Despite mounting evidence that up to 50 percent of the fatalities recorded during the July-August 2014 war between Israel and Hamas in Gaza may have been terrorists, the United Nations Relief and Works Agency (UNRWA) – the agency which caters solely to the descendants of Palestinian refugees of the 1948 war – continues to promote the figure of 2,200 deaths without dividing civilians from combatants.
Addressing a conference of states pledging voluntary donations to UNRWA, the agency’s deputy commissioner-general Margot Ellis, a former official with the United States Agency for International Development (USAID), claimed that “This summer, around 2,200 people were killed in 50 days; over 500 were children, most under age twelve. 46 of those killed were in our shelters at the time.”
As well as failing to distinguish civilians from terrorists, Ellis omitted to mention that many UNRWA facilities, including schools, were used as weapons storage depots by Hamas.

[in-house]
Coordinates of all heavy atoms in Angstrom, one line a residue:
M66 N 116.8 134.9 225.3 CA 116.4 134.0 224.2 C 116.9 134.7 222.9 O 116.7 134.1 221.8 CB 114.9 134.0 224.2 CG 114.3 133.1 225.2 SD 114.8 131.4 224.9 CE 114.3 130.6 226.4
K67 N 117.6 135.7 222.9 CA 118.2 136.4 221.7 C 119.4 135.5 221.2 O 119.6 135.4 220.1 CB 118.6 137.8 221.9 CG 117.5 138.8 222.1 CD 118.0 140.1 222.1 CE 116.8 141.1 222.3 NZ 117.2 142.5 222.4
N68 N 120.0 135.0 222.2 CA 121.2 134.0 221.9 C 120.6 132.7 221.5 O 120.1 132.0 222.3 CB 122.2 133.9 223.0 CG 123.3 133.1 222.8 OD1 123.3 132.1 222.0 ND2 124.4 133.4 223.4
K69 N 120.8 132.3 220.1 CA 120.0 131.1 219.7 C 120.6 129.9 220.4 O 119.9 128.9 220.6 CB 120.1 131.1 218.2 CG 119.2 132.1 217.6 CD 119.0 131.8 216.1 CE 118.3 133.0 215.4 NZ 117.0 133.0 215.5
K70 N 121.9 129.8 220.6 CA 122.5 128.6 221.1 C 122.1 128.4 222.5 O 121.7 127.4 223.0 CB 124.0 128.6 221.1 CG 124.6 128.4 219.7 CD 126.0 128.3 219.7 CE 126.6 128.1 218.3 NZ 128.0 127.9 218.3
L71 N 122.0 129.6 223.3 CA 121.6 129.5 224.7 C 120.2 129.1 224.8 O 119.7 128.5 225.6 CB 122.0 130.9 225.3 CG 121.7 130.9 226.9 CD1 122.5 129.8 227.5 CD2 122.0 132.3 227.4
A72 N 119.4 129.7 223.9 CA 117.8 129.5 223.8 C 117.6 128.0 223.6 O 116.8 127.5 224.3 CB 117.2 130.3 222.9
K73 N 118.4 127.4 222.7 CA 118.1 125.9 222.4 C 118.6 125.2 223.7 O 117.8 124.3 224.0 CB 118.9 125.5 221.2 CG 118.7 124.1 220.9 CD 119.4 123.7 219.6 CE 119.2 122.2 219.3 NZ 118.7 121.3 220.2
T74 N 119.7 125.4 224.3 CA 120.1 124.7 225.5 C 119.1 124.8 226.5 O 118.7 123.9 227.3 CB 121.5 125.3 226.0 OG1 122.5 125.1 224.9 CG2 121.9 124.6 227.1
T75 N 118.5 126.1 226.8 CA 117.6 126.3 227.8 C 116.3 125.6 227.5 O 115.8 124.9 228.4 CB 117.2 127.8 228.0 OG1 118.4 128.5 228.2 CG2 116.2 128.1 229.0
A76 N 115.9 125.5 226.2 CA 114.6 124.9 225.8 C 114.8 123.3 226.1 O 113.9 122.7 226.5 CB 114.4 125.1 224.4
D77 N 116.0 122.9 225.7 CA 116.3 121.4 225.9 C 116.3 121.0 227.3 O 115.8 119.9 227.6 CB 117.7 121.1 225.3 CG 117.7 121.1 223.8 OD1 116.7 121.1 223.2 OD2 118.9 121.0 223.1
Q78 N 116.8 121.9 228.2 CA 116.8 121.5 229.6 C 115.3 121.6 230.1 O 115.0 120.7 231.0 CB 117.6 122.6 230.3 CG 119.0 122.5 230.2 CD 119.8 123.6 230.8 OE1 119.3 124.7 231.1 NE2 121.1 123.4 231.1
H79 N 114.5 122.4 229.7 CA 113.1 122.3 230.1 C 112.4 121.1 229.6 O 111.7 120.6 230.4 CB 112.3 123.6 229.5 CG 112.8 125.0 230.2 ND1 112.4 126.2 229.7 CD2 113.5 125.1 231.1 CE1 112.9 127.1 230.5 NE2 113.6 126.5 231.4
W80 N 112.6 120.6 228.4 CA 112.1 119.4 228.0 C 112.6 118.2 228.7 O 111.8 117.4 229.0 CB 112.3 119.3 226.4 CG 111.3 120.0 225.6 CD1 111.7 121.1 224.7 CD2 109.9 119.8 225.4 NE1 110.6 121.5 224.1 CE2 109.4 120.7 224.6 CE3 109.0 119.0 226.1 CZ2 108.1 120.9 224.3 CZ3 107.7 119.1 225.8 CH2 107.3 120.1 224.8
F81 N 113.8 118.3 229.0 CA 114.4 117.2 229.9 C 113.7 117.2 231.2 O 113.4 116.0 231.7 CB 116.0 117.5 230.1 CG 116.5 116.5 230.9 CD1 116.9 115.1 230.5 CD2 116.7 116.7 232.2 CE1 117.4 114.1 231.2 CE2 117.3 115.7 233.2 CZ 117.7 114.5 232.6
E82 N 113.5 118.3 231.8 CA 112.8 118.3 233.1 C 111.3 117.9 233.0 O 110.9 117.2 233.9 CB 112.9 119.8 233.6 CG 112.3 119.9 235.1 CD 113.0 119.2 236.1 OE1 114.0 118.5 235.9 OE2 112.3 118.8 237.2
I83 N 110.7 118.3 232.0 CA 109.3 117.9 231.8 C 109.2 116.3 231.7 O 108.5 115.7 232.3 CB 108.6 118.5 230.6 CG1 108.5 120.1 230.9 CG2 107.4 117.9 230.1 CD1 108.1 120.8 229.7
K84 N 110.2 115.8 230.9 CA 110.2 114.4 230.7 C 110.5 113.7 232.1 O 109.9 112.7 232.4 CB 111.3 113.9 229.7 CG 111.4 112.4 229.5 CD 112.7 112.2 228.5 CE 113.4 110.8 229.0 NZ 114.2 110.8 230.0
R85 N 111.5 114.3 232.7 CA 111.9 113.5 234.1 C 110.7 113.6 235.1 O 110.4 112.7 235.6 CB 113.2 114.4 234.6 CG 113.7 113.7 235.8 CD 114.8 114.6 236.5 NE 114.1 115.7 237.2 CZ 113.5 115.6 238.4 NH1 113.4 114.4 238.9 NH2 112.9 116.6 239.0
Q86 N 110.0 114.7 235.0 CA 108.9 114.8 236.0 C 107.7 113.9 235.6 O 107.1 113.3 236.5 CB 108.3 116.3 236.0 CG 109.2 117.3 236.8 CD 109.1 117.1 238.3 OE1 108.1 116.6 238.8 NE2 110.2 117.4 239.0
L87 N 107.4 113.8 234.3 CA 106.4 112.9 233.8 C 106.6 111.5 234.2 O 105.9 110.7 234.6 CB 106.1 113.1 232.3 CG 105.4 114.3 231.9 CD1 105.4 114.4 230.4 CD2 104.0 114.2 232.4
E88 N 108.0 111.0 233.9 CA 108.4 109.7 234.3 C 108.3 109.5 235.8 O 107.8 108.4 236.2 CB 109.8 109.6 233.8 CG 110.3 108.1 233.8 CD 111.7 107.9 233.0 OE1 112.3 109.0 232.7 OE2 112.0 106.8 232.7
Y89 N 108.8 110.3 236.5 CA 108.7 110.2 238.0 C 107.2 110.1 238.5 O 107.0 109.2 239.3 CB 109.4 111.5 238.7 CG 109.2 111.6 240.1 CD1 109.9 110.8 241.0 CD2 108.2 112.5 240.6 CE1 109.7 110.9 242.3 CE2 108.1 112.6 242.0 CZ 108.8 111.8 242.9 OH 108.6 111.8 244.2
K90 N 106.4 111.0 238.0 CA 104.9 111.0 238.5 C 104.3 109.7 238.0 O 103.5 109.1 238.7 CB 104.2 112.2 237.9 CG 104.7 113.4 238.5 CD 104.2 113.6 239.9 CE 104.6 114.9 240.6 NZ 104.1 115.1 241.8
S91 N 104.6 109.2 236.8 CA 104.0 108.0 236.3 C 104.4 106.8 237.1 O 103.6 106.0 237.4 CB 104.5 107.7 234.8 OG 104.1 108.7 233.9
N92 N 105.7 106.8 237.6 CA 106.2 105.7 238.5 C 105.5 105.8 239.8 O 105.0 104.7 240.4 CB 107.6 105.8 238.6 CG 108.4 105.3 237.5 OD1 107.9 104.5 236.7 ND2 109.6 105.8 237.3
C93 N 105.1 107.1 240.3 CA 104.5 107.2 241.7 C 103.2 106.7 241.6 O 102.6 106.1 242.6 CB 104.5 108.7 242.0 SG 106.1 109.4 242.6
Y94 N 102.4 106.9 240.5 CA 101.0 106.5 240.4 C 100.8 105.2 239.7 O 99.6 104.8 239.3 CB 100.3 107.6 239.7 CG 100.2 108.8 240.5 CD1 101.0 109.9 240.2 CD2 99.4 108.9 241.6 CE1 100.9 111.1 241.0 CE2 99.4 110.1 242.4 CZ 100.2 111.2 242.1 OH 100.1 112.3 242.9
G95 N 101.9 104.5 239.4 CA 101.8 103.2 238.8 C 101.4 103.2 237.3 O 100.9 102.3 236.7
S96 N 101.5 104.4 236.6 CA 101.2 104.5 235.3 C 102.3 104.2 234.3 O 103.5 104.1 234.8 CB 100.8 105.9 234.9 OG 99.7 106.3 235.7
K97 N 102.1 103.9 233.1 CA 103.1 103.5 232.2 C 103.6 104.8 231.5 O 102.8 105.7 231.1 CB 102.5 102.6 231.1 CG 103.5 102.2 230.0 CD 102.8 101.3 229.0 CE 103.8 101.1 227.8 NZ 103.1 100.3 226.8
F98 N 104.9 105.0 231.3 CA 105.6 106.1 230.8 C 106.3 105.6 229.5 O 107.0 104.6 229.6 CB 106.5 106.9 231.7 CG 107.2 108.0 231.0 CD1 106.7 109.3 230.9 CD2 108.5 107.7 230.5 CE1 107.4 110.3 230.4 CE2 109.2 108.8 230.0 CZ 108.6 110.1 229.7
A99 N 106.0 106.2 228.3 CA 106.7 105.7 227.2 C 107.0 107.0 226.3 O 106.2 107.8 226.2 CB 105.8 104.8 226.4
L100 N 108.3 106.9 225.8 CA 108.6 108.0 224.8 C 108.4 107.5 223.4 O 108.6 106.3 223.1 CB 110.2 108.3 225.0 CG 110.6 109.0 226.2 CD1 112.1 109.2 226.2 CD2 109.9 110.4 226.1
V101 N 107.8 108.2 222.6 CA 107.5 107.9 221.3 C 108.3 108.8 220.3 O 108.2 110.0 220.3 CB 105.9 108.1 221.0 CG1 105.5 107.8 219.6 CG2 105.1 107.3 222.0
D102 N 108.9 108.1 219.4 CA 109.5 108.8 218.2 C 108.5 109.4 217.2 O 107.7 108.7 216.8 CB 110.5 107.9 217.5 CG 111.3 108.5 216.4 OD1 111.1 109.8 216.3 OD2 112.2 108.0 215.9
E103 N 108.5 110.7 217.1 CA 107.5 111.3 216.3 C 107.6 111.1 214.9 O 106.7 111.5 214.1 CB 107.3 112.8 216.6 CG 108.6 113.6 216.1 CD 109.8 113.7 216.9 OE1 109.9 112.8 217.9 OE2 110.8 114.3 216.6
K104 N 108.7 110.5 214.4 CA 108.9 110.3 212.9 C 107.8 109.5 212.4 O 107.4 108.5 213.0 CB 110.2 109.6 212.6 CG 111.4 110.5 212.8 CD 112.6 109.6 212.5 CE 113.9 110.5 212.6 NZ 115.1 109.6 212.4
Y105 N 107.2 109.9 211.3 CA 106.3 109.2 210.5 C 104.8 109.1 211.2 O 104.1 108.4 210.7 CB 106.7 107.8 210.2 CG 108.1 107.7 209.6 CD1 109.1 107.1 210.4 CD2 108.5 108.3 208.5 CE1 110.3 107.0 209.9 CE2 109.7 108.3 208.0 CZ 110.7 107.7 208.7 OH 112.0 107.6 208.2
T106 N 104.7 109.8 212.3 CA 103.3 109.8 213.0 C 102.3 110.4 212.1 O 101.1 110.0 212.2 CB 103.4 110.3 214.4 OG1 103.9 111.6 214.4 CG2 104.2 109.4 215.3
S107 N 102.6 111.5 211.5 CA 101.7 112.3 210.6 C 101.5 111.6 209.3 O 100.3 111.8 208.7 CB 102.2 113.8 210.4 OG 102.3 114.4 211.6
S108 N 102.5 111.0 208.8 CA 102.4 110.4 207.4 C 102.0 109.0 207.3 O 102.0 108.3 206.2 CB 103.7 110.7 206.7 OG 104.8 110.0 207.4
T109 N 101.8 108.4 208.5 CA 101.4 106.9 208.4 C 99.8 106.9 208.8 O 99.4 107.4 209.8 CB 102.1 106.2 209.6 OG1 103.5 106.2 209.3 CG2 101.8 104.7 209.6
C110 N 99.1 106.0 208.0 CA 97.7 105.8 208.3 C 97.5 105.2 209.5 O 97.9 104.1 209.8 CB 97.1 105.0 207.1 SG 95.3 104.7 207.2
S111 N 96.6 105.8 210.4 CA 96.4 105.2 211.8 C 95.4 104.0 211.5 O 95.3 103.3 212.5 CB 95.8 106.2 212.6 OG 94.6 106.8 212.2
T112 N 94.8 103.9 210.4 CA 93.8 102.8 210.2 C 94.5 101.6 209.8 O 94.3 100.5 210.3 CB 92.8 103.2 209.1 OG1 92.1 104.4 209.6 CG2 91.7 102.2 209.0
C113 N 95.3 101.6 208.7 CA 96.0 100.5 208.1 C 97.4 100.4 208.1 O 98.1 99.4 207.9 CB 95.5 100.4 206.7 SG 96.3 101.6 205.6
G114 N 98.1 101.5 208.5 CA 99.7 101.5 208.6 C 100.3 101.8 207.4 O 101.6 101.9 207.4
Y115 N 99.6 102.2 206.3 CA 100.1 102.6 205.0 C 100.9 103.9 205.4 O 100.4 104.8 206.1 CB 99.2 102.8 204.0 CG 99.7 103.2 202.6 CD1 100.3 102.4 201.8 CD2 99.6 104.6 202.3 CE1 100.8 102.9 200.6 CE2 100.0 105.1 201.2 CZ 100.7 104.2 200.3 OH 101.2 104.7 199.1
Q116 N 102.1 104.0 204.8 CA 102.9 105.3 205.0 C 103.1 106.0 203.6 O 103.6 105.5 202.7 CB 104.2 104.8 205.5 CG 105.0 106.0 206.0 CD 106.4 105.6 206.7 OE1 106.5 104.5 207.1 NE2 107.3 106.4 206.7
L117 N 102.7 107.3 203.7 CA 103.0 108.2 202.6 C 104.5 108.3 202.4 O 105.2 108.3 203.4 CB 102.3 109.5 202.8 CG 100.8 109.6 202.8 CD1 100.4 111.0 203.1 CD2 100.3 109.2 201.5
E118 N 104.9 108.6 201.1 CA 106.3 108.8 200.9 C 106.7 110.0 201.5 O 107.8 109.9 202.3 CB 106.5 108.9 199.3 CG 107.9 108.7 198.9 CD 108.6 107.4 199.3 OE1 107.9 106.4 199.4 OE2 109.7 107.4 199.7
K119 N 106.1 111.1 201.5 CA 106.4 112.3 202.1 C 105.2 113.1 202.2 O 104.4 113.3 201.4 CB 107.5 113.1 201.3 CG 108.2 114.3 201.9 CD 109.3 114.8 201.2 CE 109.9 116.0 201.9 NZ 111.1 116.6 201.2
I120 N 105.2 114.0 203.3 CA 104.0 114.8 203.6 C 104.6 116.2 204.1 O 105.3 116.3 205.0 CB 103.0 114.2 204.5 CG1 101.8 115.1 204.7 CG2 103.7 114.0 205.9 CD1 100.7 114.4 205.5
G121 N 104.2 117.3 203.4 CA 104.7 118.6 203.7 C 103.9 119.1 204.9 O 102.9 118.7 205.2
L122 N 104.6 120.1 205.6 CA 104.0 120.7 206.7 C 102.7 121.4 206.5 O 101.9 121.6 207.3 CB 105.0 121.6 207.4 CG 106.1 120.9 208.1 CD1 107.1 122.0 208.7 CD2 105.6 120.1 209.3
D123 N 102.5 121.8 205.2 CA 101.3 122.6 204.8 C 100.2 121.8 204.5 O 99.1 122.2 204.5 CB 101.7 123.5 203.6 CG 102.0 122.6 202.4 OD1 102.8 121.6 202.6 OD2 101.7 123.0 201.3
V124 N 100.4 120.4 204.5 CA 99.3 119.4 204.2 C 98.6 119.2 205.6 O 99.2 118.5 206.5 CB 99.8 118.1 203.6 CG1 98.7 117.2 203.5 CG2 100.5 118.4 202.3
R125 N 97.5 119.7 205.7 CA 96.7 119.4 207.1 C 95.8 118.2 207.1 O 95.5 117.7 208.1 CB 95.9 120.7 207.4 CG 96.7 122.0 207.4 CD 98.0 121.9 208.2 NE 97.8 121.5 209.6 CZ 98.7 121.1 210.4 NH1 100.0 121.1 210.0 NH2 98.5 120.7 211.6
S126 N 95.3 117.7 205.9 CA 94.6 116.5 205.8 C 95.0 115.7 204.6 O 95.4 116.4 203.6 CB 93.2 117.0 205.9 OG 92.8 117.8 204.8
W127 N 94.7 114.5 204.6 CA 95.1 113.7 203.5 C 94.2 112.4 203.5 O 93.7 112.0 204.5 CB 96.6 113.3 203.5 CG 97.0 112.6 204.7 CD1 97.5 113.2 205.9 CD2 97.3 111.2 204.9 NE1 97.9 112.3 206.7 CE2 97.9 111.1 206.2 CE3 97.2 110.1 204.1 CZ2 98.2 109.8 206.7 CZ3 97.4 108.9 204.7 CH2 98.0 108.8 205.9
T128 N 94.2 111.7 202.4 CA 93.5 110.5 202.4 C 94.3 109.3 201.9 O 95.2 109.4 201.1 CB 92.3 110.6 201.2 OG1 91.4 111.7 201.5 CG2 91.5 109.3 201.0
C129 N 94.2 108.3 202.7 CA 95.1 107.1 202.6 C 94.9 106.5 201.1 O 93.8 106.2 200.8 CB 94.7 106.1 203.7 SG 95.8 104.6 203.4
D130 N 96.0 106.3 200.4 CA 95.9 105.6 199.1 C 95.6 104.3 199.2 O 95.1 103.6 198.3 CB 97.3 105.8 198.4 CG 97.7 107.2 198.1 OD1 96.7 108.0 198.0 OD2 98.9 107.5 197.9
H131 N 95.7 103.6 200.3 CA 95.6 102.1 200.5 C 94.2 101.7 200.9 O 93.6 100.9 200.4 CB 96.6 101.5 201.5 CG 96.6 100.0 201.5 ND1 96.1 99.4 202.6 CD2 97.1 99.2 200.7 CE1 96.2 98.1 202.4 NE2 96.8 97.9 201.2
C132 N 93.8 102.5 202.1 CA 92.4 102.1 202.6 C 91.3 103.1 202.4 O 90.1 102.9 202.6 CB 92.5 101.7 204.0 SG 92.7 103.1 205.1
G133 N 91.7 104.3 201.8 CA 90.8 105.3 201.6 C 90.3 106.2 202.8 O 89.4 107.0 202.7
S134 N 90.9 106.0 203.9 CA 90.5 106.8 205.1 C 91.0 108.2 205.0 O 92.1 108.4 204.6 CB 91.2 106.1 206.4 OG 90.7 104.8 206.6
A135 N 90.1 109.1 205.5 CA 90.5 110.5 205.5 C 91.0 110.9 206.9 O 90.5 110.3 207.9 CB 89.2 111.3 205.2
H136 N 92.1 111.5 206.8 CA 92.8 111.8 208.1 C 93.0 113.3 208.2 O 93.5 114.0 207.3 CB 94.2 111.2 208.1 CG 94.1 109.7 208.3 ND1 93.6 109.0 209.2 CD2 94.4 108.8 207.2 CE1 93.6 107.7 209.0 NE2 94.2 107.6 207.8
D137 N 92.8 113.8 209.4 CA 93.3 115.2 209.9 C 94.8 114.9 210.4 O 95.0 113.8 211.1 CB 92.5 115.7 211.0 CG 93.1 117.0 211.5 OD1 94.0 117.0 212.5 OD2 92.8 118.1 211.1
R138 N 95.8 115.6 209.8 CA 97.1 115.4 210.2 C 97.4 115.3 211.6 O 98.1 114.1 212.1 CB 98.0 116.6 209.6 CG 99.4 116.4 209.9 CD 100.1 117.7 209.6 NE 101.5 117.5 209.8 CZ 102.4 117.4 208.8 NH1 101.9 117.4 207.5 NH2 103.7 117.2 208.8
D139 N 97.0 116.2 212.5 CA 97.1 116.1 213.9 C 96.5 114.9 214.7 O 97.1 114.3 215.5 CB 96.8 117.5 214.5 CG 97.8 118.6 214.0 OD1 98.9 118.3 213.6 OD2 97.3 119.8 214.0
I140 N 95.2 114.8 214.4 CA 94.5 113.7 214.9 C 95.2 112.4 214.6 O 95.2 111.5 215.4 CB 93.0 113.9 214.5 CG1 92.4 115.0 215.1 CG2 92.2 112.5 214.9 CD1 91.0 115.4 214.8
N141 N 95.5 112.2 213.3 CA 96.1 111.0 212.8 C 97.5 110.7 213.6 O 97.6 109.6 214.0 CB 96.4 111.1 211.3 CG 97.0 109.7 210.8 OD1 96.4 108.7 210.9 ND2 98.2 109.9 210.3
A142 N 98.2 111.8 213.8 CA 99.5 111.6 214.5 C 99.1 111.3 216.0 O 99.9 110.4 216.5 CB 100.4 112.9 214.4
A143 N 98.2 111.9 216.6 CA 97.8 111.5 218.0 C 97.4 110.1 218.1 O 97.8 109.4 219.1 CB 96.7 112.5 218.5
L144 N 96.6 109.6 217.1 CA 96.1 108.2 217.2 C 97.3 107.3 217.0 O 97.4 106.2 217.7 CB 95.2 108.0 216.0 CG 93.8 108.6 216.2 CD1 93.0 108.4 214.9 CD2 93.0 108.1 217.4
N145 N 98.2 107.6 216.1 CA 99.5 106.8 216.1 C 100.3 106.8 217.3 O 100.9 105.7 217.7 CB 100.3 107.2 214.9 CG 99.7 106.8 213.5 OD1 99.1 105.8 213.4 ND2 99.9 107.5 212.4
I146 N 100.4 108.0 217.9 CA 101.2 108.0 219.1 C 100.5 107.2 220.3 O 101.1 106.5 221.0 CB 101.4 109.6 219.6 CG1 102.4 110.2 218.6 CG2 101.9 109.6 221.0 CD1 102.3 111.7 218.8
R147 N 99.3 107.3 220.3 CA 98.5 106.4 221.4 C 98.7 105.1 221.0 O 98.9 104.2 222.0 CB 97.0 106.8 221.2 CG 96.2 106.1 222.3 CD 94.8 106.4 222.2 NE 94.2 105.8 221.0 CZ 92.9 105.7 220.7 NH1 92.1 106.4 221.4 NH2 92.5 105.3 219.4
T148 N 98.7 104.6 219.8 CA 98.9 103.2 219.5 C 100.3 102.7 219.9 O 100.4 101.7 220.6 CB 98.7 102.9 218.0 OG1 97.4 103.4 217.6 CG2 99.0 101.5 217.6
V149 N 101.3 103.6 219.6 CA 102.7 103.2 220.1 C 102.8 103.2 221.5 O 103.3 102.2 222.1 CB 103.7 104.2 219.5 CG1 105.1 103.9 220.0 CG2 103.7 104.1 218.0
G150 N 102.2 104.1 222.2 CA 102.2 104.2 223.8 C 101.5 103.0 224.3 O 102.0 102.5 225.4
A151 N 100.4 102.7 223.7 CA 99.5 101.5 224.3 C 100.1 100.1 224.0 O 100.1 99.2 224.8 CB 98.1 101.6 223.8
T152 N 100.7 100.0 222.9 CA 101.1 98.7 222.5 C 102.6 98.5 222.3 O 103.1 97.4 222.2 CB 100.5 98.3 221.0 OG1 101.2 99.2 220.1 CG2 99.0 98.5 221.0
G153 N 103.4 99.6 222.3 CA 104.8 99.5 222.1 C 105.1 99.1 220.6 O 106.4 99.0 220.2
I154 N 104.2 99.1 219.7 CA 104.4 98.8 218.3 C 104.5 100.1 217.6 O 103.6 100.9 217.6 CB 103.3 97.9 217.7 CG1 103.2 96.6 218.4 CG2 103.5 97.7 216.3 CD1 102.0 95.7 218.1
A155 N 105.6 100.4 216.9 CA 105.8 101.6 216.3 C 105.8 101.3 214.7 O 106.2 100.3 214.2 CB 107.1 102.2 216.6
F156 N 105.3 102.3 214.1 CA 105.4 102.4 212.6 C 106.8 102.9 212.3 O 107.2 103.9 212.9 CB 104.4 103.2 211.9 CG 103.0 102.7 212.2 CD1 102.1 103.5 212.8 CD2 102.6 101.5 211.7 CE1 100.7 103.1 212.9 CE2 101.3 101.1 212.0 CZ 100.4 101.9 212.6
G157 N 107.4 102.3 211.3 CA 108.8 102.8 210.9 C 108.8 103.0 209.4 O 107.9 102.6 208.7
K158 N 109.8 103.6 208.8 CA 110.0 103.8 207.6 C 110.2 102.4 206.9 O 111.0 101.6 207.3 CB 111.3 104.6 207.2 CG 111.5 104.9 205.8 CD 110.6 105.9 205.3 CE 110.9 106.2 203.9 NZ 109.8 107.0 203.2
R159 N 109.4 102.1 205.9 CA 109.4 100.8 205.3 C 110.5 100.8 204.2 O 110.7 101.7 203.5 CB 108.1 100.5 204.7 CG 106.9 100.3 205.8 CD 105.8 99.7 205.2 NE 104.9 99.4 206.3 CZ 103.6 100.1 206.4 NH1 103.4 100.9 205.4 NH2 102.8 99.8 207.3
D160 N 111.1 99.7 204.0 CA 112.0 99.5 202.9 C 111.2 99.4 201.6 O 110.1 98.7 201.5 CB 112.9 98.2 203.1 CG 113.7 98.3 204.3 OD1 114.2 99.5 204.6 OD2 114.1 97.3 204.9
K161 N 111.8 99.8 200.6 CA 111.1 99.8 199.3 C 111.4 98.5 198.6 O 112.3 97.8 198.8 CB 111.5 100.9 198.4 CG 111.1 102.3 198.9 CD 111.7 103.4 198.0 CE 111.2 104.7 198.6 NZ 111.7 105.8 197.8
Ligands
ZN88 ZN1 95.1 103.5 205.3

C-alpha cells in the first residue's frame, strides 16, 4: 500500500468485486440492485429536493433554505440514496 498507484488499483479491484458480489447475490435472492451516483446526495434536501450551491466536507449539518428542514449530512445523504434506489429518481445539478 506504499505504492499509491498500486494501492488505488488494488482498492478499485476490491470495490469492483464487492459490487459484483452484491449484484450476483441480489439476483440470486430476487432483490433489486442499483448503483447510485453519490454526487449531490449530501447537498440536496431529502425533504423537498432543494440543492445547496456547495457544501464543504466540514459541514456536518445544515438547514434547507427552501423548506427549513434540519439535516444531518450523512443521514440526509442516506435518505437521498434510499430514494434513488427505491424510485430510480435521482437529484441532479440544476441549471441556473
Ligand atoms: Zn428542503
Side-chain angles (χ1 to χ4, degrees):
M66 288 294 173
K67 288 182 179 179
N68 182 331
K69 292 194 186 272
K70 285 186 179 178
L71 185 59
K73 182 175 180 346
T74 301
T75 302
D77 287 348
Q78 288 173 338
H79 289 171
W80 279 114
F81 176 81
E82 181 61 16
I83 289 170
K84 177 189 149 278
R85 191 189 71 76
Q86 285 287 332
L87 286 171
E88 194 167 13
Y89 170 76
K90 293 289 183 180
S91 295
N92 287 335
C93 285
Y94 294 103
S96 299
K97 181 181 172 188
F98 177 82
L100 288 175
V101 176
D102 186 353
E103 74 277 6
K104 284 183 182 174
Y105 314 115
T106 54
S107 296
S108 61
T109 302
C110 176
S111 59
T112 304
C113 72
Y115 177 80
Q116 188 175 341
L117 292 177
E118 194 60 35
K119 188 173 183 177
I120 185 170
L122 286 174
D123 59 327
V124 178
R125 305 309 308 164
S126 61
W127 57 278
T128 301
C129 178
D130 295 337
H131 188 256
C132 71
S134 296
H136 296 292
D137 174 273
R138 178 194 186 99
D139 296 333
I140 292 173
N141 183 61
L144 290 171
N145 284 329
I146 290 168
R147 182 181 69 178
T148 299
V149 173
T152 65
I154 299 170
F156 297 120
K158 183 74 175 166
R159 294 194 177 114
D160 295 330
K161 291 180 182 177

The number cited by Ellis contradicts the assessment of the UN’s own Office for the Coordination of Humanitarian Affairs (OCHA), which concluded that the “Palestinian fatality toll is 2,131, of whom 1,473 have been identified as civilians.”
While OCHA records civilians as composing just under 70 percent of the total Palestinian death toll, other organizations place the figure even lower. Recent research by the Meir Amit Center, an Israeli strategic think-tank, estimates that as many as 52 percent of fatalities were terrorists. The Centers’ figures are based on fatality lists collated by OCHA.
Nor do the UNRWA figures account for Palestinians killed by Hamas rockets aimed at Israel that landed in Gaza, either because of operational incompetence or a deliberate attempt by Hamas to increase the number of casualties. At the end of July, for example, dozens of Palestinians were killed and wounded at the Shifa Hospital in northern Gaza, after a Hamas Fajr-5 rocket aimed at central Israel was fired from a playground outside the hospital and exploded on the site.
Earlier this week, Palestinian human rights activist Bassam Eid told The Algemeiner that major structural reform of UNRWA was urgently needed.
“Sixty-six years after it was created, UNRWA is still promising Palestinians that they will return to their homeland,” Eid said. “They are being used as pawns in a war strategy.”